EE817/IS 893: Cryptography Engineering and Cryptocurrency
Syllabus
3 Credits
MW 10:30 11:45, N1 111
Textbook
 Required: Handbook of Applied Cryptography by Alfred J.
Menezes,
Paul C. Van Oorschot, Scott A. Vanstone (Editor), CRC Press,
ISBN 0849385237, (October 16, 1996) Available online at http://www.cacr.math.uwaterloo.ca/hac/
Instructor: Yongdae
Kim
Email:
yongdaek(at)kaist.ac.kr
Office: Room 201 N26
Office
hours: TBD (Also possible by email)
Class Homepage: http://syssec.kaist.ac.kr/~yongdaek/courses/is893
Read this
document very carefully, as it defines what is required to perform
effectively in this class. This
course introduces basic
concepts in cryptography and discusses both its theoretical foundations
and practical applications. Various threats, attacks and
countermeasures including cryptosystems, cryptographic protocols and
some of secure systems/networks will be addressed. The course will
cover: brief history of cryptography,
encryption (conventional and public key), digital signatures, hash
functions, message authentication codes, identification,
authentication, and their applications. As a case study, we will take a
look at various aspects of cryptocurrency including Bitcoin, Etherium
and other Alt Coins. Students who take this course
1) will be able to pursue
research in security and cryptography and 2) will be able to use
cryptographic primitives securely when they work after finishing their
degree program.
Warning A majority of students taking this class think they may
be able to do only the homework questions as a means of learning the
cryptography. This is not sufficient practice for most students to be
able to survive the quizzes, exams, and therefore the course. Homework
problems
are only a guideline to subject area of the upcoming quiz. The homework
questions will help you to understand the material. The homework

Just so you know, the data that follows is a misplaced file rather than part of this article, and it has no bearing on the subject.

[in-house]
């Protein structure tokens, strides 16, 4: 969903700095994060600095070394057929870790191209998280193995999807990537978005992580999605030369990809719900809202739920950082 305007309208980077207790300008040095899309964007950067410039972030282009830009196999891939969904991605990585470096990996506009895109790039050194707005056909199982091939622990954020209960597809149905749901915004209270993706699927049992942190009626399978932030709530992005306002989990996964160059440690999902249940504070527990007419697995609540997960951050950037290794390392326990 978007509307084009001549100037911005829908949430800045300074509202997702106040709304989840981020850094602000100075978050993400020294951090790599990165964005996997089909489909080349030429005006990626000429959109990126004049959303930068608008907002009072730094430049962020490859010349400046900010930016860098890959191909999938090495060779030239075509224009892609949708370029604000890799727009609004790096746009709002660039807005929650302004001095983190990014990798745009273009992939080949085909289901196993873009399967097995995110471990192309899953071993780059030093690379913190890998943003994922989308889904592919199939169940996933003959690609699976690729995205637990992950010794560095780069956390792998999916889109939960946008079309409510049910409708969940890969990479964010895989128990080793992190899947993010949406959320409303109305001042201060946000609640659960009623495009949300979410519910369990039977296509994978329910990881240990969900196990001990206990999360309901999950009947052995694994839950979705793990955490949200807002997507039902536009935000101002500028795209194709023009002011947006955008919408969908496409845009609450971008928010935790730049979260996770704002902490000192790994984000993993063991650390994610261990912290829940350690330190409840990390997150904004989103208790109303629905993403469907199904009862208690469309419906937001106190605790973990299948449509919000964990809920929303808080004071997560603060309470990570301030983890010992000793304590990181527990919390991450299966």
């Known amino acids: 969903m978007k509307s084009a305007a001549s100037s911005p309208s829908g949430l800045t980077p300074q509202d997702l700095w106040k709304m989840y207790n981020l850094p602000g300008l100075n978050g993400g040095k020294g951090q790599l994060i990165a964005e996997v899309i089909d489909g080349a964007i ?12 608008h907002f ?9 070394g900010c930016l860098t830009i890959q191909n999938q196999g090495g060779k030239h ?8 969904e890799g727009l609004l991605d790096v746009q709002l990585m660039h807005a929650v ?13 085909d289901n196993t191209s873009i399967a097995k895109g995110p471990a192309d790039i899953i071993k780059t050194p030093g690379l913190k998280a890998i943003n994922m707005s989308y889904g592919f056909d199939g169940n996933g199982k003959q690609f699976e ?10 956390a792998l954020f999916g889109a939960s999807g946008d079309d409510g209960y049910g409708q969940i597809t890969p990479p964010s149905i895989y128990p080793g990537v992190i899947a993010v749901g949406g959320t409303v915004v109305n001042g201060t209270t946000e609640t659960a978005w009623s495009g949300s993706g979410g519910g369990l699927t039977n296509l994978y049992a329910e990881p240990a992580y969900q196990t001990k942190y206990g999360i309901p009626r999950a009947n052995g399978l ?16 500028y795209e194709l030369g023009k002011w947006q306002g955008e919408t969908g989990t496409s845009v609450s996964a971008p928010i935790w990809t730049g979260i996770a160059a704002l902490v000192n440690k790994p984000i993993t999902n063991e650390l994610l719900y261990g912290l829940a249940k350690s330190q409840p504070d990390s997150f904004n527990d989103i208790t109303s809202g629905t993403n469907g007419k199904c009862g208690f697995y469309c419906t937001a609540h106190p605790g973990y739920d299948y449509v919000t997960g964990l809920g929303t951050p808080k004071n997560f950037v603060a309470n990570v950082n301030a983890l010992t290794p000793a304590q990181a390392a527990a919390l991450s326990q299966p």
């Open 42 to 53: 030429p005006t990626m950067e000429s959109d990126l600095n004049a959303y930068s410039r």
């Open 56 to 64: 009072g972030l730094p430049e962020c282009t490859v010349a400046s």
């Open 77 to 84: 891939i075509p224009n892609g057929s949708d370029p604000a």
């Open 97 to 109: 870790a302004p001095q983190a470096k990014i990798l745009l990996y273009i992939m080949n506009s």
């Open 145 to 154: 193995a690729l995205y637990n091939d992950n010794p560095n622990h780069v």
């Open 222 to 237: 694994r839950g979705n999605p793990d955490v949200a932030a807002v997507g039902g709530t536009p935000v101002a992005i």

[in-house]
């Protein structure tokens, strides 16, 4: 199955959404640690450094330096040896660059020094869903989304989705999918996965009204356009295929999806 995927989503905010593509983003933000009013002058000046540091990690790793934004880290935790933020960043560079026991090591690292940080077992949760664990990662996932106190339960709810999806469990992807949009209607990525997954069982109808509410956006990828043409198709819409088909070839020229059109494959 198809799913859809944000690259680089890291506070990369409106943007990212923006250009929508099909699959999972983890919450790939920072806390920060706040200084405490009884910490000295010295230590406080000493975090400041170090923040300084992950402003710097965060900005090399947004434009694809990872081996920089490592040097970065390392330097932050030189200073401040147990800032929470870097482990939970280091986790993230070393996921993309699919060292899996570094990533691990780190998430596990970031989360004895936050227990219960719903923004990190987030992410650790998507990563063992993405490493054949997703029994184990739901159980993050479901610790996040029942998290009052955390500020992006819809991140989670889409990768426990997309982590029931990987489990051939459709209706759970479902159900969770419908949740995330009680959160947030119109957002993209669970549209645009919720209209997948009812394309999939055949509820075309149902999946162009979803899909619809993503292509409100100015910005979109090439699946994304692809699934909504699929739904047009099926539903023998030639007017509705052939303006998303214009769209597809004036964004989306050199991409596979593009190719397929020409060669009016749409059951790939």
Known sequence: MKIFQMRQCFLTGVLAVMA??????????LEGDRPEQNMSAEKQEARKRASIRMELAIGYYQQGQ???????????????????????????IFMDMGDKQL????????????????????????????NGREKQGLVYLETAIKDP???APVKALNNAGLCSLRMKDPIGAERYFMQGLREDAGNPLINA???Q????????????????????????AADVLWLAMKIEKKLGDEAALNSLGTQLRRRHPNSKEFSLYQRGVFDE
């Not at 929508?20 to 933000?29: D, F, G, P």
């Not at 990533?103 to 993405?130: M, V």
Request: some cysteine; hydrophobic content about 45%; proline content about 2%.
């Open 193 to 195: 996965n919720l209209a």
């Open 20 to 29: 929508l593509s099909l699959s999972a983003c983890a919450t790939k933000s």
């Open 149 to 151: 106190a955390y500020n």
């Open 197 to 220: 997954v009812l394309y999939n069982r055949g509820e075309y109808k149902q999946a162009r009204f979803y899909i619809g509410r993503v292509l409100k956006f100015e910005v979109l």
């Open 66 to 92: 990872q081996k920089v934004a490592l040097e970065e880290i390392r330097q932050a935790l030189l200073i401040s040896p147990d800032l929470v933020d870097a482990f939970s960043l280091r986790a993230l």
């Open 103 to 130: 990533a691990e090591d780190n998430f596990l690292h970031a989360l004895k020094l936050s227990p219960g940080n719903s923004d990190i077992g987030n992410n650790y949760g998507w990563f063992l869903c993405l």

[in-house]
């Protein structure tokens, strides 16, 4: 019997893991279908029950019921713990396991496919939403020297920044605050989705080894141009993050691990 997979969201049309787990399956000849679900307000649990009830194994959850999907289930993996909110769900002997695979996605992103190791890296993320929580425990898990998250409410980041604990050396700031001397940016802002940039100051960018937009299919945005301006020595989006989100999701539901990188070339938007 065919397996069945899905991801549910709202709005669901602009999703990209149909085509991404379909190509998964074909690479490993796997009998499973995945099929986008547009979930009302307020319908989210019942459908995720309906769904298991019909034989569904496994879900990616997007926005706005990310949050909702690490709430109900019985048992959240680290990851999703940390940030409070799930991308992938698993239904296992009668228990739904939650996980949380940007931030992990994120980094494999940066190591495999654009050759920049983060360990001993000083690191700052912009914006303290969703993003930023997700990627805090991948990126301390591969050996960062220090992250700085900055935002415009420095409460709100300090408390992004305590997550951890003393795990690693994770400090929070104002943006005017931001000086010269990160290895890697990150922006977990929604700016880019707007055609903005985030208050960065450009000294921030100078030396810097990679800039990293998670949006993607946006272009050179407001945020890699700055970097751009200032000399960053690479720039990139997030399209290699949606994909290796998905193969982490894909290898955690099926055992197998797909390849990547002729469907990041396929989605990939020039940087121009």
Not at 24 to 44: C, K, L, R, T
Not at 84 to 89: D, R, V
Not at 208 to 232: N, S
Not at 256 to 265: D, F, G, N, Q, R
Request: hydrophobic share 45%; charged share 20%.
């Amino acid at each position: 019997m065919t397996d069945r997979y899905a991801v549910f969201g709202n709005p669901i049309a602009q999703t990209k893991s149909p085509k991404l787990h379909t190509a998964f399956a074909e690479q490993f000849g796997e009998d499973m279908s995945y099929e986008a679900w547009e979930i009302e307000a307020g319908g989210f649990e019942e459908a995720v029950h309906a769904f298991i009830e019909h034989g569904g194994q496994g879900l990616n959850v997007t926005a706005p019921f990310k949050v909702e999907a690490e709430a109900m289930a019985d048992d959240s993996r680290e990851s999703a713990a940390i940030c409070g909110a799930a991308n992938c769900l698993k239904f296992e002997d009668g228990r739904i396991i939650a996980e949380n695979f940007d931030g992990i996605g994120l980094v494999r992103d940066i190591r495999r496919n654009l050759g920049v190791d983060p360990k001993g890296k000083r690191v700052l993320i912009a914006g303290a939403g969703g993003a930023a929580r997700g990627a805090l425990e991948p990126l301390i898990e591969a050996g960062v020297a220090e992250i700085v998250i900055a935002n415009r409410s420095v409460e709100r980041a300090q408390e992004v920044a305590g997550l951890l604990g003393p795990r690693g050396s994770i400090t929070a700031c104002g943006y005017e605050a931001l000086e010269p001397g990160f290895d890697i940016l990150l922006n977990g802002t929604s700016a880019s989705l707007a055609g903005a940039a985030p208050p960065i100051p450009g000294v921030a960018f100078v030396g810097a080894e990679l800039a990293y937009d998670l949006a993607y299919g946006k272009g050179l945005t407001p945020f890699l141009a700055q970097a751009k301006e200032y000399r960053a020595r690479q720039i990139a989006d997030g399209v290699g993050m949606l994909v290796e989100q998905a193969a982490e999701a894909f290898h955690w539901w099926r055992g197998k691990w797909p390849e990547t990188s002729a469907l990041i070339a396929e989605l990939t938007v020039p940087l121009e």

questions are not necessarily similar to exams or quizzes. It is
essential for most students to read the relevant sections of the book
as the course proceeds, and do a large number of the exercises, for
typically fifteen (15) hours per week.
Course
content very approximately in temporal order: 
 HAC Ch 1, Introduction
 HAC Ch 2, Mathematics! Mathematics! Mathematics!
 HAC Ch 5, 6, Symmetric Cyphers
 HAC Ch 9, Hash Functions and Integrity
 HAC Ch 8, Public Key Encryption
 HAC Ch 11, Digital Signatures
 HAC Ch 10, Identification and Authentication
 HAC Ch 12, Key Establishment and Management

Evaluation: The
following rules
will be strictly
enforced.
Evaluation
will consist of homeworks (6), quizzes (6), and a Final exam. You must
pass each quiz and examination individually by
attaining at least 40% of the available points on each, as the subject
material is so diverse. Persons who fail to do so will
receive an F for the course. For Quiz, you can fail once. If you fail
twice, you will get F automatically. All quizzes and
examinations are open book and open notes. Do not schedule any absences
during the semester  there are no makeup quizzes.
If you have emergency situation, please send me email before the quiz
or the exam.
Due
dates for all assignments are strict: all homeworks must be received at
the very start of the class
in which they are due in order to receive credit. All your
assignment must be submitted typed and submitted online using email.
Every
submission is due on Monday 2:15 PM. Late homework or project without
instructor's approval will be given 0.
Grading is absolute (i.e. not on a curve). The overall grade will be
based upon: 2% for each homework, 5% for each quiz, 28% for the final,
30% for the project. A minimum of 50% is necessary
for an S or C grade.
Grading will be as follows: 90.0% or above yields an A, 87.0% an A,
83% = B+, 80% = B, 75% = B, 70% = C+, 65% = C, 60% = C, 55% = D, and
less than 50% yields an F. Percentages are not rounded when using this
scheme, because
this would be tantamount to moving all of the grade boundaries down by
0.5%.
Grading is performed by the TAs. If you have a question about
grading, address it to the TAs. Only if something wholely
unreasonable has occurred will the instructor intervene. And this has
not yet proved necessary. Furthermore, there is a limit
of ten days from when an assignment or quiz is returned (whether you
are there to receive it or not) for grading problems to be dealt with.
After that period, such will not be considered. The sole exception to
this rule
is the final examination.
Incompletes (or make up exams) will in
general not be given. These options will be considered only when a
provably
serious family or personal emergency arises, proof is presented, and
the
student has already completed all but a small portion of the work.
Scholastic conduct must be acceptable. Specifically, you must do your
homeworks,
quizzes and examinations yourself, on your own.